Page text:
As I remember, survival food was one of the top resolutions for preppers in 2017. From planning your stockpile, to cooking the best survival recipes, food should be a priority for every prepper. And, no matter how many times I’ve talked about food, there is always something interesting to share with you.
So, let’s talk about survival food!
For this week’s Prep Blog Review I’ve gathered 5 useful articles on this topic.
1. One Plan Is Not Enough: 7 Tips to Create a Successful Food Plan
“Every prepper has his/her own food plan for acquisition or storage of food for a crises scenario. Many might be homesteaders who rely heavily on their gardens and animal husbandry skills. Many of us store food either by canning, dehydrating, or stocking up on freeze-dried goods and MREs. Most of us include emergency rations in our bug out bags. Others plan to rely heavily on their ability to fish, hunt, trap, and forage for food.
The various preferences and vast differences in food prep styles are often largely based on what exactly the individual is preparing for. Whether you are planning to be snowed in and without power for the worst winter storm of the century, extensive layoffs, or putting together a militia for an imminent invasion, everyone can agree on one thing: Food must be accounted for. So where do we start? What are the most important things to consider? In this article I cover some of the requirements of creating your master food plan.”
Read more on The Prepper Journal.
2. 3 ‘Survival Crops’ That Store Naturally More Than 1 Year
“If you’re growing or foraging your own food for winter storage, there are plenty of options for keeping your family fed in the early days of winter. Many root crops, fruits and greens can keep for a few months cool and out of direct sun, even without a proper root cellar.
As the winter presses on, though, options start to dwindle and there are fewer and fewer choices in dependable home-raised crops that will take you all the way through the hunger gap into the first productive days of late spring and early summer. Nonetheless, humans survived millennia without refrigeration and long-term food shipments, so there’s plenty to get your family by.”
Read more on Off The Grid News.
3. A Beginners Guide to Sausage Making
“My grandfather was a large influence on my passion for homesteading. He was an avid gardener, hunter, made his own wine and sausage; and was always generous about sharing.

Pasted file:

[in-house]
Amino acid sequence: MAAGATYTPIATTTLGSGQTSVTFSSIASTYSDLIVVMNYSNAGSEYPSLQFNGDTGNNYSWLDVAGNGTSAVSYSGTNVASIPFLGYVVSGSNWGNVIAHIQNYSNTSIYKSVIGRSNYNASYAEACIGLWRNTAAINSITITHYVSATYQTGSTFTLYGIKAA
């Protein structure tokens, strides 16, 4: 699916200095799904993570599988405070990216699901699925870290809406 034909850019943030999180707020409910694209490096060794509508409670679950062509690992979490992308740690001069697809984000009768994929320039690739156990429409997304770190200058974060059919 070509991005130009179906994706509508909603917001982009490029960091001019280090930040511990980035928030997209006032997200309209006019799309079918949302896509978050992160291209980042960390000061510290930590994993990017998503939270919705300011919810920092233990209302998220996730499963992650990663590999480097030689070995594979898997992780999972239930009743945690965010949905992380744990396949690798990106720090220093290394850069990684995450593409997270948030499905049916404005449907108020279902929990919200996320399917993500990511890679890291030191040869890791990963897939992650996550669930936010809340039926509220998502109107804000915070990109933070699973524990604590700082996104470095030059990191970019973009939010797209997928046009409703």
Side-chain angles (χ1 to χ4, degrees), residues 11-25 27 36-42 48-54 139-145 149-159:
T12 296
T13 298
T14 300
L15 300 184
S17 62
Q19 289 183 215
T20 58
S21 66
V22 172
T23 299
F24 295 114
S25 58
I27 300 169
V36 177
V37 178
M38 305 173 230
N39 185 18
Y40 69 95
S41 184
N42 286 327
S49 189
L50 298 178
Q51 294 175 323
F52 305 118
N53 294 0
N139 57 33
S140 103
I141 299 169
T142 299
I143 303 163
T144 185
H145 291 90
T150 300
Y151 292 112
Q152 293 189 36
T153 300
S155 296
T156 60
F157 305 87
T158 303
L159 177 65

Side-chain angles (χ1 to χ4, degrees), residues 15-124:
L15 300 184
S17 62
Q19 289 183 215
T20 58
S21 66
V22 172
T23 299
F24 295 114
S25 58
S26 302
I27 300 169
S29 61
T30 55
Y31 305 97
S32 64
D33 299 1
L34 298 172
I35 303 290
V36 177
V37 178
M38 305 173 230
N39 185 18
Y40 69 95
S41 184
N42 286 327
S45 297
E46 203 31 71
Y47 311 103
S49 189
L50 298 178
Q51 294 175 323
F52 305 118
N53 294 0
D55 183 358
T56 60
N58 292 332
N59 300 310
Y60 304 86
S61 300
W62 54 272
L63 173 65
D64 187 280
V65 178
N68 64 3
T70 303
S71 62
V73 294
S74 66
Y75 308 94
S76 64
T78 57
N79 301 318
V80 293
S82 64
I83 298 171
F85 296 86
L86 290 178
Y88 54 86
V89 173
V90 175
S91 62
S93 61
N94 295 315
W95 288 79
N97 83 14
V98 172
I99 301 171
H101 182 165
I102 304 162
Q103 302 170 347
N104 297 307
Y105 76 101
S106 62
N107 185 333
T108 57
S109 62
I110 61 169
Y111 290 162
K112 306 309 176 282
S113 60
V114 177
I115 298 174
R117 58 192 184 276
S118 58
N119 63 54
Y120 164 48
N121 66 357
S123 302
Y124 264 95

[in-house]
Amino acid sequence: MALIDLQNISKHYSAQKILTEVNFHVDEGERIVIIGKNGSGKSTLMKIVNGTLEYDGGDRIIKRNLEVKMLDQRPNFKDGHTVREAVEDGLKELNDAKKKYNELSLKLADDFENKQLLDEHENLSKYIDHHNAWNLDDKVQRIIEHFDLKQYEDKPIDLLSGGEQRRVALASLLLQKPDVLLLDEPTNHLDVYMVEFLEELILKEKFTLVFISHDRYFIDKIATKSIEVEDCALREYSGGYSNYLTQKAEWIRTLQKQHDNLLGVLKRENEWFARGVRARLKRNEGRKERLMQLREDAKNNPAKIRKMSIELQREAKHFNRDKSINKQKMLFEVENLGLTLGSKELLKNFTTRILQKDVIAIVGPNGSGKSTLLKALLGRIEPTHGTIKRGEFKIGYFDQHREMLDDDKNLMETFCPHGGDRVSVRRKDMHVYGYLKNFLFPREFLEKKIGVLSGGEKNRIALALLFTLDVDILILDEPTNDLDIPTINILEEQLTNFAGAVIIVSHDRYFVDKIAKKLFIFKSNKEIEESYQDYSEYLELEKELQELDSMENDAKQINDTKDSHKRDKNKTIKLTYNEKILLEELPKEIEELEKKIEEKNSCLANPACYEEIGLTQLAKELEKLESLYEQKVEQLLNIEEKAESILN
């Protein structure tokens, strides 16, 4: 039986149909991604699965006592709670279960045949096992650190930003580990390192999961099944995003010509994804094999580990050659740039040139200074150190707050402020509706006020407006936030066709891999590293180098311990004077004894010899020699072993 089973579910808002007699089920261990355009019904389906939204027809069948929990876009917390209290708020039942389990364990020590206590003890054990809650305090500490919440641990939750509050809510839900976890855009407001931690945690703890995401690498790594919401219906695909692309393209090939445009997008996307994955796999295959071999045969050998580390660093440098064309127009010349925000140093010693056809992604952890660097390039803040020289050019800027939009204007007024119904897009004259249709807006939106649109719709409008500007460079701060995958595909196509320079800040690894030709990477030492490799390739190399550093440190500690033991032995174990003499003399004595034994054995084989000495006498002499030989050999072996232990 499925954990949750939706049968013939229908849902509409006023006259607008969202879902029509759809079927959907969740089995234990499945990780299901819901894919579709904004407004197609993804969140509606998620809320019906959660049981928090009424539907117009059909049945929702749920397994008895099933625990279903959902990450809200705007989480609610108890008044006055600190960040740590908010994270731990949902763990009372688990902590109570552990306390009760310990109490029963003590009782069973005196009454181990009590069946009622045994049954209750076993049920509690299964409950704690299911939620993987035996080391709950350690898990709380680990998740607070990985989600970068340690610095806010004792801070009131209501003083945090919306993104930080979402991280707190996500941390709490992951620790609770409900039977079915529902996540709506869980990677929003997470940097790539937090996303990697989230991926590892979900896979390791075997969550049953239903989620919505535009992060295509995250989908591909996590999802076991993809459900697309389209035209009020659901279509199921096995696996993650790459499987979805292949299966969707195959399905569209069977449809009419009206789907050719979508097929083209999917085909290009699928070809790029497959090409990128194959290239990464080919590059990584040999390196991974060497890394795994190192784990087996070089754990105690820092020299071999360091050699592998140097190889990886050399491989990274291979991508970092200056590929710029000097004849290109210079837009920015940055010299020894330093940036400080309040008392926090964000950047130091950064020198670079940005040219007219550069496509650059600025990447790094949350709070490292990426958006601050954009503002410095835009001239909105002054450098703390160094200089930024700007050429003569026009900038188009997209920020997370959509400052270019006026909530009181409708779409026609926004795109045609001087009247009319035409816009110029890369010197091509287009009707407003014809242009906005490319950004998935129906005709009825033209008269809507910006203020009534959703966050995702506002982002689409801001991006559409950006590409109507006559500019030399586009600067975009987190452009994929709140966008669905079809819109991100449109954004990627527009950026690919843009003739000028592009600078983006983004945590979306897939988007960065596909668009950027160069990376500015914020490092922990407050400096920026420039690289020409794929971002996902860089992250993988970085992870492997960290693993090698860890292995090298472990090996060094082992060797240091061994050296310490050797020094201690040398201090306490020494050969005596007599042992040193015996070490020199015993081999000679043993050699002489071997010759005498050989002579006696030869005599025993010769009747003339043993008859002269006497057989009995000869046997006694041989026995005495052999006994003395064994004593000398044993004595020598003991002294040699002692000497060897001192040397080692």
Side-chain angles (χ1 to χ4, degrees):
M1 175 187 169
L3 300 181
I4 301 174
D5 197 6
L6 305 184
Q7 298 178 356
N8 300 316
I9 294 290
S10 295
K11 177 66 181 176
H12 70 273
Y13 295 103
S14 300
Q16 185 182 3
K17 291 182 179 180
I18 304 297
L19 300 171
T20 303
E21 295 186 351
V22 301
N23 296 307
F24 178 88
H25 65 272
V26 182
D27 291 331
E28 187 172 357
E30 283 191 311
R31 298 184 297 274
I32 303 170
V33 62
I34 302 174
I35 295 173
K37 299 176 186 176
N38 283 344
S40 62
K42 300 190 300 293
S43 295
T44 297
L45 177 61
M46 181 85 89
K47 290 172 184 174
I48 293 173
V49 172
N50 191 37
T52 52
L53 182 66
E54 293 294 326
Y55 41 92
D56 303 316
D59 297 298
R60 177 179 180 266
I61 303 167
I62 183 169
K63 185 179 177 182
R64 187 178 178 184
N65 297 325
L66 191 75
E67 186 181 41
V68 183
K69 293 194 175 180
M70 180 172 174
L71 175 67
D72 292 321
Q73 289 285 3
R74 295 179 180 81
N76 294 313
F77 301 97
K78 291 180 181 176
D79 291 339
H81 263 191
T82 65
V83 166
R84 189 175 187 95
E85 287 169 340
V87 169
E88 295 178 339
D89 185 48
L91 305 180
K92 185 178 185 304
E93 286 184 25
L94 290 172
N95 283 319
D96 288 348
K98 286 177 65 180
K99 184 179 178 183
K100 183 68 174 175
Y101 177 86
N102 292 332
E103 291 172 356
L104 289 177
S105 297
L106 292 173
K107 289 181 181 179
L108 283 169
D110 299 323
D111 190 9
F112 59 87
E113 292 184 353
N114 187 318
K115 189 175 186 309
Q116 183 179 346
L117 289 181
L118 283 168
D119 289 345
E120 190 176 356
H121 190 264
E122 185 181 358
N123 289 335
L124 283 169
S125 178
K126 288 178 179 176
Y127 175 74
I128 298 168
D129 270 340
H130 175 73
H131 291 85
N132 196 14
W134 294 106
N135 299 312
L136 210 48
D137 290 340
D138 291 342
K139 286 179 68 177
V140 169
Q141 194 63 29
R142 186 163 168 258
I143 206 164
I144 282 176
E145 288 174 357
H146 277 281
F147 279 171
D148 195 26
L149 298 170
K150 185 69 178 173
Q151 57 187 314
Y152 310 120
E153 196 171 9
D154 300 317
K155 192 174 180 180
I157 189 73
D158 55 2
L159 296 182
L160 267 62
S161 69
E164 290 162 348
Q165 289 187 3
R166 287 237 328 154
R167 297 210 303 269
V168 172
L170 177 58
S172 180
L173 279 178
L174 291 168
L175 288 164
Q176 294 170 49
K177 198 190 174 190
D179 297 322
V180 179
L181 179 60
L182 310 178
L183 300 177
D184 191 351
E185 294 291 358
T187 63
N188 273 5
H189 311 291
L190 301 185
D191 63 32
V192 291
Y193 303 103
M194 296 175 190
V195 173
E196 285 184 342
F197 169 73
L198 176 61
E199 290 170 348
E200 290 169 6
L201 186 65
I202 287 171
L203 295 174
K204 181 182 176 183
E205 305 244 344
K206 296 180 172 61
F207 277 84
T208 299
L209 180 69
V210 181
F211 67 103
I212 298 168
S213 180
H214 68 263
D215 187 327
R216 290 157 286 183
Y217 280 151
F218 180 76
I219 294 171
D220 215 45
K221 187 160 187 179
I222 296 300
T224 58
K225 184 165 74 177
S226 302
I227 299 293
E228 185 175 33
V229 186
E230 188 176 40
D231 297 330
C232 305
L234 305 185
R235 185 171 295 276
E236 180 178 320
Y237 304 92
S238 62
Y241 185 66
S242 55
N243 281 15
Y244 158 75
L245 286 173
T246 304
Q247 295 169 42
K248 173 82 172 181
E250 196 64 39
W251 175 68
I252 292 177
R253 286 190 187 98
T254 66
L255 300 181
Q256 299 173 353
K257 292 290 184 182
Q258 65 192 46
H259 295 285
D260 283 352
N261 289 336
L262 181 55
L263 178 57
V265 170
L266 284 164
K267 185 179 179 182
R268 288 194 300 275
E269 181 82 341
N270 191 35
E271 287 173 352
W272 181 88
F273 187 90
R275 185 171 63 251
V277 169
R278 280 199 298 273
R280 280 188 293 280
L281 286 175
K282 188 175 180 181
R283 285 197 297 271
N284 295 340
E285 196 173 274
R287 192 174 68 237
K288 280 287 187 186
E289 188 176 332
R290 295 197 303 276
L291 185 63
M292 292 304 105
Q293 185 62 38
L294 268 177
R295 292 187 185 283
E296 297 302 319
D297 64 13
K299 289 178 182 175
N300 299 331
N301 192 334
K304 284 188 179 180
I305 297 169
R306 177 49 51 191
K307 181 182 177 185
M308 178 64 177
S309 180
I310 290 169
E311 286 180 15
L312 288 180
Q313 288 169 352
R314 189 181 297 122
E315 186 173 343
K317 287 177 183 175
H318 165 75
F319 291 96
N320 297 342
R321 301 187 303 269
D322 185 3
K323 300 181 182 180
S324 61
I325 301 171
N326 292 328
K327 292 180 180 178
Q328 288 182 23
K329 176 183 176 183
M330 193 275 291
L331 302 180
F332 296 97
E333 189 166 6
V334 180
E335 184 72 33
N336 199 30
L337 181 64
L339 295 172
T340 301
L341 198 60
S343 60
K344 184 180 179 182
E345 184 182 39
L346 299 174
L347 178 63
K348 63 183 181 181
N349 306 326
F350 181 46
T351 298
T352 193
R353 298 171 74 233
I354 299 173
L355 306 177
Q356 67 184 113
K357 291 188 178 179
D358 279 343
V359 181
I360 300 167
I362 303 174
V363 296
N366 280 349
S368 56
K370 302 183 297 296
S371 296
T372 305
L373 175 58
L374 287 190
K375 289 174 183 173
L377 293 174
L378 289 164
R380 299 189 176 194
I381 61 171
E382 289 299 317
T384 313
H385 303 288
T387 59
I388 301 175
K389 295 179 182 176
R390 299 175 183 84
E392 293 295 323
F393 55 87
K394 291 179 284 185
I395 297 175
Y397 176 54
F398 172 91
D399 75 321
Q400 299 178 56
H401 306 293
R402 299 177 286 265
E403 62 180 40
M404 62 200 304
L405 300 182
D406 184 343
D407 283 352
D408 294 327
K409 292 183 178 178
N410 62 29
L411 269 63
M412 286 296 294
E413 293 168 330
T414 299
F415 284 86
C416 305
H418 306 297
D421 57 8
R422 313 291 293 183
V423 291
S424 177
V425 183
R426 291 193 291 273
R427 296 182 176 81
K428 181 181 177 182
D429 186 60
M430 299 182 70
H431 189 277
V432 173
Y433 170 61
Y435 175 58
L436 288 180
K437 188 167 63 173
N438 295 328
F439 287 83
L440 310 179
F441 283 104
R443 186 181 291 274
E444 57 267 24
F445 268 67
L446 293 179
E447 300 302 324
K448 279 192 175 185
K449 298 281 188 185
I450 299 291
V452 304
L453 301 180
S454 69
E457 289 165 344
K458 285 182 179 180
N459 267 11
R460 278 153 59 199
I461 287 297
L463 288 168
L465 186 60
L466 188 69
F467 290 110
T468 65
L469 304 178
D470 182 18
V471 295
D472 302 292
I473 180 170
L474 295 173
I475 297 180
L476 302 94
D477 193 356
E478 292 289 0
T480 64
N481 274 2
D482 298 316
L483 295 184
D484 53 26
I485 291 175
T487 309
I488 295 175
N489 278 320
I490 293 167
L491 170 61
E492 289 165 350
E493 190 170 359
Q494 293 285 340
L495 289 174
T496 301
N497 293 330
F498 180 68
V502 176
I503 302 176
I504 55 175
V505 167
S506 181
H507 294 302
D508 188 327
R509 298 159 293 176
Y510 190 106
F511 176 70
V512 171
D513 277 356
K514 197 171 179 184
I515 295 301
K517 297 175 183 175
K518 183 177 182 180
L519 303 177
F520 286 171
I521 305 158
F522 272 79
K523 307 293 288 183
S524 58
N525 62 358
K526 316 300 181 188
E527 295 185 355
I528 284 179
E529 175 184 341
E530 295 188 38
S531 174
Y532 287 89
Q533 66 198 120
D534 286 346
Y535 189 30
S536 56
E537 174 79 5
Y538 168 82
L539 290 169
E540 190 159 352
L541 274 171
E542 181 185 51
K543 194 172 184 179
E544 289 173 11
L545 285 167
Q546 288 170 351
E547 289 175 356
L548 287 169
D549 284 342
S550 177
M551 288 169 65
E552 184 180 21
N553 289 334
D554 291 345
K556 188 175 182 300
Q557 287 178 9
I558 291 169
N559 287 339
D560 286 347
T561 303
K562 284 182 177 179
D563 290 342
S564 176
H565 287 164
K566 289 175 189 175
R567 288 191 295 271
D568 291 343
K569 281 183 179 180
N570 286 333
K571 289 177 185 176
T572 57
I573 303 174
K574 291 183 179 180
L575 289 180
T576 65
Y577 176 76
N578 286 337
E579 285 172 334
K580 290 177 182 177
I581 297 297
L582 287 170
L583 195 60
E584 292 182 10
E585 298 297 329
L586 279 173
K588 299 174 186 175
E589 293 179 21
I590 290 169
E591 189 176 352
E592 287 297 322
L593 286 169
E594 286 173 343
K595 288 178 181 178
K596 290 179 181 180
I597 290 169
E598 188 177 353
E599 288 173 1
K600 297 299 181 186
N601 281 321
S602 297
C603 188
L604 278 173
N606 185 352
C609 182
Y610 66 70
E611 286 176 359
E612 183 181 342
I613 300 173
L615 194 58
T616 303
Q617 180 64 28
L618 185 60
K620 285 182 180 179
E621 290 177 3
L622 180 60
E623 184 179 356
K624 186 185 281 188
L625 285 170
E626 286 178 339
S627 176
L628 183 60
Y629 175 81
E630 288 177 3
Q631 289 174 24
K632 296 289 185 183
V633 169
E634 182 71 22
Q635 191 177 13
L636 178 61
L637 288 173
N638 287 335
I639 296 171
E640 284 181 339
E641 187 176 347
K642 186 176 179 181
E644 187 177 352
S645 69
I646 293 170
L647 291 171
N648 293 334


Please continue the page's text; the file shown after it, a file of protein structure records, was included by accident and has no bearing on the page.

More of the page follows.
He made use of the plethora of meat he would get from hunting or deals he found at the grocery store. Once he was loaded up on meat, he would get his meat grinder out and carefully cut his meat for grinding and make some of the best sausage you could ever have. I grew up on his homemade sausage and could never get enough. I am a big believer in sharing family recipes and did so in my book, The Prepper’s Cookbook, so I had to share some of my favorite sausage recipes too.
Sausage making is a great way to use up an abundance of meats in the home freezer. I use an assortment of cheap meats. My grandfather’s secret was using equal amounts of brisket and pork butt.”
Read more on Ready Nutrition.
4. 5 Recipes to Make Your Own Survival Protein Bars
“Survival protein bars are becoming more and more popular among preppers and survivalist, but you can also find a few of them in any type of survival kit you can think of. These small snacks are ideal for emergency kits because they help you control hunger, they provide proteins and fats, but they also keep your calorie intake in control.
These survival protein bars contain the right amount of protein and fats to keep you energized after intense activity even in the harshest of environments. There are many brands you can chose from and the flavors vary from chocolate to berries.”
Read more on Prepper’s Will.
5. Kitchen DIY: How to Nixtimalize Corn
“This project looks deceptively simple, but it is one that I had to try a couple times to get right. I only stuck with it because Nixtamalization is a vital process for people that use corn as a staple food.
This is because the nutrient niacin is unavailable in unprocessed corn, and by cooking dried corn with a strong alkali (nixtamaling it), Niacin becomes available thereby preventing nutrient deficiency diseases like pellagra.”
Read more on Dave’s Homestead.
This article has been written by Drew Stratton for Survivopedia.